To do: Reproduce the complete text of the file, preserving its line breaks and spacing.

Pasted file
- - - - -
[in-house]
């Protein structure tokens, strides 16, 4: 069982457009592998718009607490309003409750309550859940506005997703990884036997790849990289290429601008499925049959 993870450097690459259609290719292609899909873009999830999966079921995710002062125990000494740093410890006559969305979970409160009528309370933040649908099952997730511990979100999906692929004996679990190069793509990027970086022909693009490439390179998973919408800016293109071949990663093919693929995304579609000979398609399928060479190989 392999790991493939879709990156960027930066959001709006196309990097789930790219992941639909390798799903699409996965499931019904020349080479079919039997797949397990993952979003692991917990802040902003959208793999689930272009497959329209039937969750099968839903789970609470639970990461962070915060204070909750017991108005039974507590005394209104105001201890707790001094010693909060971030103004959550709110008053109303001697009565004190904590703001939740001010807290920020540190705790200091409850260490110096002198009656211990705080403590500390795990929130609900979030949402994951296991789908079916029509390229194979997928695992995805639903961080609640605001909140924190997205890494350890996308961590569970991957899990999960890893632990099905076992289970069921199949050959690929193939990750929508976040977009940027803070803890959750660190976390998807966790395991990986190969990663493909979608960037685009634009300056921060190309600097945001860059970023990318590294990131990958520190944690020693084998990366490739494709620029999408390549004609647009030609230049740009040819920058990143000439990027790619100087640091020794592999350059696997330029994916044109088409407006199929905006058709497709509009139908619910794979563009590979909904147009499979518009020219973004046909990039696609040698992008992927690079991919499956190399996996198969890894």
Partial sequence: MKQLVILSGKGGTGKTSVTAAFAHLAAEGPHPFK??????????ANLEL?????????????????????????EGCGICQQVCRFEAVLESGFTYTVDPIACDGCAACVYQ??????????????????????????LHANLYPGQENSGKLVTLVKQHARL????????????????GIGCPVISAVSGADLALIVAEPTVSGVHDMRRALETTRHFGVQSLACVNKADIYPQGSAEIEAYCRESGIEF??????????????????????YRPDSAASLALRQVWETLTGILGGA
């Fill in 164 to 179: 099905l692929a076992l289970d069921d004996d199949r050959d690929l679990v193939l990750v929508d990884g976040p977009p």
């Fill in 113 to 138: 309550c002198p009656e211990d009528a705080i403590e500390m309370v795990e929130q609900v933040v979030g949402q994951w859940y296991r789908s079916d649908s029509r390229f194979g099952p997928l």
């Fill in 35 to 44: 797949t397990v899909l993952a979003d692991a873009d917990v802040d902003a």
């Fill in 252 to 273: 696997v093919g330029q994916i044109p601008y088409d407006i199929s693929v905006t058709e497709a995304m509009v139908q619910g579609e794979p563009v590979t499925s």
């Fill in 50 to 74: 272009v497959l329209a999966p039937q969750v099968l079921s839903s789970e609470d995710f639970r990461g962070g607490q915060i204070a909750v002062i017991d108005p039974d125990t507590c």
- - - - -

[in-house]
């Protein structure tokens, strides 16, 4: 069982457009592998718009607490309003409750309550859940506005997703990884036997790849990289290429601008499925049959 993870450097690459259609290719292609899909873009999830999966079921995710002062125990000494740093410890006559969305979970409160009528309370933040649908099952997730511990979100999906692929004996679990190069793509990027970086022909693009490439390179998973919408800016293109071949990663093919693929995304579609000979398609399928060479190989 392999790991493939879709990156960027930066959001709006196309990097789930790219992941639909390798799903699409996965499931019904020349080479079919039997797949397990993952979003692991917990802040902003959208793999689930272009497959329209039937969750099968839903789970609470639970990461962070915060204070909750017991108005039974507590005394209104105001201890707790001094010693909060971030103004959550709110008053109303001697009565004190904590703001939740001010807290920020540190705790200091409850260490110096002198009656211990705080403590500390795990929130609900979030949402994951296991789908079916029509390229194979997928695992995805639903961080609640605001909140924190997205890494350890996308961590569970991957899990999960890893632990099905076992289970069921199949050959690929193939990750929508976040977009940027803070803890959750660190976390998807966790395991990986190969990663493909979608960037685009634009300056921060190309600097945001860059970023990318590294990131990958520190944690020693084998990366490739494709620029999408390549004609647009030609230049740009040819920058990143000439990027790619100087640091020794592999350059696997330029994916044109088409407006199929905006058709497709509009139908619910794979563009590979909904147009499979518009020219973004046909990039696609040698992008992927690079991919499956190399996996198969890894």
Partial sequence: MKQLVILSGKGGTGKTSVTAAFAHLAAEGPHPFK??????????ANLEL?????????????????????????EGCGICQQVCRFEAVLESGFTYTVDPIACDGCAACVYQ??????????????????????????LHANLYPGQENSGKLVTLVKQHARL????????????????GIGCPVISAVSGADLALIVAEPTVSGVHDMRRALETTRHFGVQSLACVNKADIYPQGSAEIEAYCRESGIEF??????????????????????YRPDSAASLALRQVWETLTGILGGA
């Fill in 164 to 179: 099905l692929a076992l289970d069921d004996d199949r050959d690929l679990v193939l990750v929508d990884g976040p977009p």
């Fill in 113 to 138: 309550c002198p009656e211990d009528a705080i403590e500390m309370v795990e929130q609900v933040v979030g949402q994951w859940y296991r789908s079916d649908s029509r390229f194979g099952p997928l």
């Fill in 35 to 44: 797949t397990v899909l993952a979003d692991a873009d917990v802040d902003a």
């Fill in 252 to 273: 696997v093919g330029q994916i044109p601008y088409d407006i199929s693929v905006t058709e497709a995304m509009v139908q619910g579609e794979p563009v590979t499925s």
């Fill in 50 to 74: 272009v497959l329209a999966p039937q969750v099968l079921s839903s789970e609470d995710f639970r990461g962070g607490q915060i204070a909750v002062i017991d108005p039974d125990t507590c």